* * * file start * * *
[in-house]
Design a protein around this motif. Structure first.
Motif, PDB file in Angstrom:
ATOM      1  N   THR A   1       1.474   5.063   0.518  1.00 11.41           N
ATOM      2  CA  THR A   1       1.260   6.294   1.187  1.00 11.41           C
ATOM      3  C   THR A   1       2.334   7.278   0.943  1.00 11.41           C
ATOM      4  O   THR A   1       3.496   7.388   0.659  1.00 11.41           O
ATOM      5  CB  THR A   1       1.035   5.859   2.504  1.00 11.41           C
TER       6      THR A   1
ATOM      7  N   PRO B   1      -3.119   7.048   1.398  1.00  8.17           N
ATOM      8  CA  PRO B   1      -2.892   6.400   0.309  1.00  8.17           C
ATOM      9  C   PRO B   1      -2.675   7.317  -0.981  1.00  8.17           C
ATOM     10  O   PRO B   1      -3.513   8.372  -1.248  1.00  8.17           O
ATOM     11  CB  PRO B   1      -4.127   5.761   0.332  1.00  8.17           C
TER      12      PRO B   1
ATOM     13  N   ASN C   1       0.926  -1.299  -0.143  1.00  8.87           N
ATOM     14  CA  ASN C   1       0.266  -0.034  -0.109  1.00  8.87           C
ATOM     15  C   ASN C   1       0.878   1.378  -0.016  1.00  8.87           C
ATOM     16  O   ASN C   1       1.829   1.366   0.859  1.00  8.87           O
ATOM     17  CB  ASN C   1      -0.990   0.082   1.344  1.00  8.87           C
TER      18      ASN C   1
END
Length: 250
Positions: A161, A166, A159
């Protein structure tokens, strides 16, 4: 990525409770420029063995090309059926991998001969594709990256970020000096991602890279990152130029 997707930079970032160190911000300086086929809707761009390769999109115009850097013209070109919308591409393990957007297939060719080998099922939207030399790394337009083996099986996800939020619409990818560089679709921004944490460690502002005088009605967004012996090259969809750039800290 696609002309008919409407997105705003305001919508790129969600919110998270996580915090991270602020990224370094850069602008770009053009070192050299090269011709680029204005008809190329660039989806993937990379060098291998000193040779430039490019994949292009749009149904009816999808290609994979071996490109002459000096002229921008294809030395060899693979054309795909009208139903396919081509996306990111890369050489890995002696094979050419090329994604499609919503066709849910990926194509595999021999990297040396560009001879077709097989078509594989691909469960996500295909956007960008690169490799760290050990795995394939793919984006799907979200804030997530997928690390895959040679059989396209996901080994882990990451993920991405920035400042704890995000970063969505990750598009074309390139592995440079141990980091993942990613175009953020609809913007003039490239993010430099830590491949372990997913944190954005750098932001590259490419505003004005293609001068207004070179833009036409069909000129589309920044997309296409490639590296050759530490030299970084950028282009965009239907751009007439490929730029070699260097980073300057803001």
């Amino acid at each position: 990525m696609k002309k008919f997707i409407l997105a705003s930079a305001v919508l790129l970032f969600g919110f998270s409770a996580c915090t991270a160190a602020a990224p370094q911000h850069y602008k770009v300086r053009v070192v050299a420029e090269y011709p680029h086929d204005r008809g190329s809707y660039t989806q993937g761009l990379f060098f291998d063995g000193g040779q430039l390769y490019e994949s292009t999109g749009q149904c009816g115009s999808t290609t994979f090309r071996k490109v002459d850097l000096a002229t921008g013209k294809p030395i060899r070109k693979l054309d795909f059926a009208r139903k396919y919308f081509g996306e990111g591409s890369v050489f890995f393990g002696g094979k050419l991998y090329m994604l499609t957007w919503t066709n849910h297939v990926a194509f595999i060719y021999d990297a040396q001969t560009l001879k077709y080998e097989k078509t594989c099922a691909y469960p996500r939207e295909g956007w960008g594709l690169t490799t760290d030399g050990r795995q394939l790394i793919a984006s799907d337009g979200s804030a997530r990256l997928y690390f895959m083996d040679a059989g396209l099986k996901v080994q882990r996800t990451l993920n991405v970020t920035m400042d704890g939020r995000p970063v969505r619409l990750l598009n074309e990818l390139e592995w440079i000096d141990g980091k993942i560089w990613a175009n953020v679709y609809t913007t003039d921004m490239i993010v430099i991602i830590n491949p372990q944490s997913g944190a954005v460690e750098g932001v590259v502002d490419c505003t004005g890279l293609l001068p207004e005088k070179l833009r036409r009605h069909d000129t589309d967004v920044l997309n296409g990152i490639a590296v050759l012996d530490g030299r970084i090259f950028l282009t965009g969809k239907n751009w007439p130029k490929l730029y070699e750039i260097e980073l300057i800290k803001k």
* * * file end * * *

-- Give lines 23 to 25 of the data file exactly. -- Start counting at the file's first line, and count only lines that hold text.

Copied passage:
Length: 250
Positions: A161, A166, A159
């Protein structure tokens, strides 16, 4: 990525409770420029063995090309059926991998001969594709990256970020000096991602890279990152130029 997707930079970032160190911000300086086929809707761009390769999109115009850097013209070109919308591409393990957007297939060719080998099922939207030399790394337009083996099986996800939020619409990818560089679709921004944490460690502002005088009605967004012996090259969809750039800290 696609002309008919409407997105705003305001919508790129969600919110998270996580915090991270602020990224370094850069602008770009053009070192050299090269011709680029204005008809190329660039989806993937990379060098291998000193040779430039490019994949292009749009149904009816999808290609994979071996490109002459000096002229921008294809030395060899693979054309795909009208139903396919081509996306990111890369050489890995002696094979050419090329994604499609919503066709849910990926194509595999021999990297040396560009001879077709097989078509594989691909469960996500295909956007960008690169490799760290050990795995394939793919984006799907979200804030997530997928690390895959040679059989396209996901080994882990990451993920991405920035400042704890995000970063969505990750598009074309390139592995440079141990980091993942990613175009953020609809913007003039490239993010430099830590491949372990997913944190954005750098932001590259490419505003004005293609001068207004070179833009036409069909000129589309920044997309296409490639590296050759530490030299970084950028282009965009239907751009007439490929730029070699260097980073300057803001």